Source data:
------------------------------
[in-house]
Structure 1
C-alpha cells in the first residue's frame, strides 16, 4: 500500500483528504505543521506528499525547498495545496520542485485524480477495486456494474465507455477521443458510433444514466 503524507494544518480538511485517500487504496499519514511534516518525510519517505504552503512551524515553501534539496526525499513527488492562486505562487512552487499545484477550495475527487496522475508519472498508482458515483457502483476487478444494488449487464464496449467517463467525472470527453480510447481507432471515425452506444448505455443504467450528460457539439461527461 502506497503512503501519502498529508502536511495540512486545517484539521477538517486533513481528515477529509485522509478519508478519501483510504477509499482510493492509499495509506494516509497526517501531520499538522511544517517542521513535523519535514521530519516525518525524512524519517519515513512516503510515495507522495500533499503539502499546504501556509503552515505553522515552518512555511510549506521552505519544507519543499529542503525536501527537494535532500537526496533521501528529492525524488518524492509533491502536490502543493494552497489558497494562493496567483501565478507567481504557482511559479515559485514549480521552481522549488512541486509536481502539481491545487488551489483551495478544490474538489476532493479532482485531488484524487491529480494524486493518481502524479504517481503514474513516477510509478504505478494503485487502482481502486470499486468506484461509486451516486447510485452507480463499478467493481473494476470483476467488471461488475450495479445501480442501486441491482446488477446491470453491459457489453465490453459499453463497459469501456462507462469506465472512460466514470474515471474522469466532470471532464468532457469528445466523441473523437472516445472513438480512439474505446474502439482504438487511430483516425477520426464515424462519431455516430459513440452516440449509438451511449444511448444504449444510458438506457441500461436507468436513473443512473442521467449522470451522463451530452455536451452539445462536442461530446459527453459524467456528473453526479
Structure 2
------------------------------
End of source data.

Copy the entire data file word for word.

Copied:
[in-house]
Structure 1
C-alpha cells in the first residue's frame, strides 16, 4: 500500500483528504505543521506528499525547498495545496520542485485524480477495486456494474465507455477521443458510433444514466 503524507494544518480538511485517500487504496499519514511534516518525510519517505504552503512551524515553501534539496526525499513527488492562486505562487512552487499545484477550495475527487496522475508519472498508482458515483457502483476487478444494488449487464464496449467517463467525472470527453480510447481507432471515425452506444448505455443504467450528460457539439461527461 502506497503512503501519502498529508502536511495540512486545517484539521477538517486533513481528515477529509485522509478519508478519501483510504477509499482510493492509499495509506494516509497526517501531520499538522511544517517542521513535523519535514521530519516525518525524512524519517519515513512516503510515495507522495500533499503539502499546504501556509503552515505553522515552518512555511510549506521552505519544507519543499529542503525536501527537494535532500537526496533521501528529492525524488518524492509533491502536490502543493494552497489558497494562493496567483501565478507567481504557482511559479515559485514549480521552481522549488512541486509536481502539481491545487488551489483551495478544490474538489476532493479532482485531488484524487491529480494524486493518481502524479504517481503514474513516477510509478504505478494503485487502482481502486470499486468506484461509486451516486447510485452507480463499478467493481473494476470483476467488471461488475450495479445501480442501486441491482446488477446491470453491459457489453465490453459499453463497459469501456462507462469506465472512460466514470474515471474522469466532470471532464468532457469528445466523441473523437472516445472513438480512439474505446474502439482504438487511430483516425477520426464515424462519431455516430459513440452516440449509438451511449444511448444504449444510458438506457441500461436507468436513473443512473442521467449522470451522463451530452455536451452539445462536442461530446459527453459524467456528473453526479
Structure 2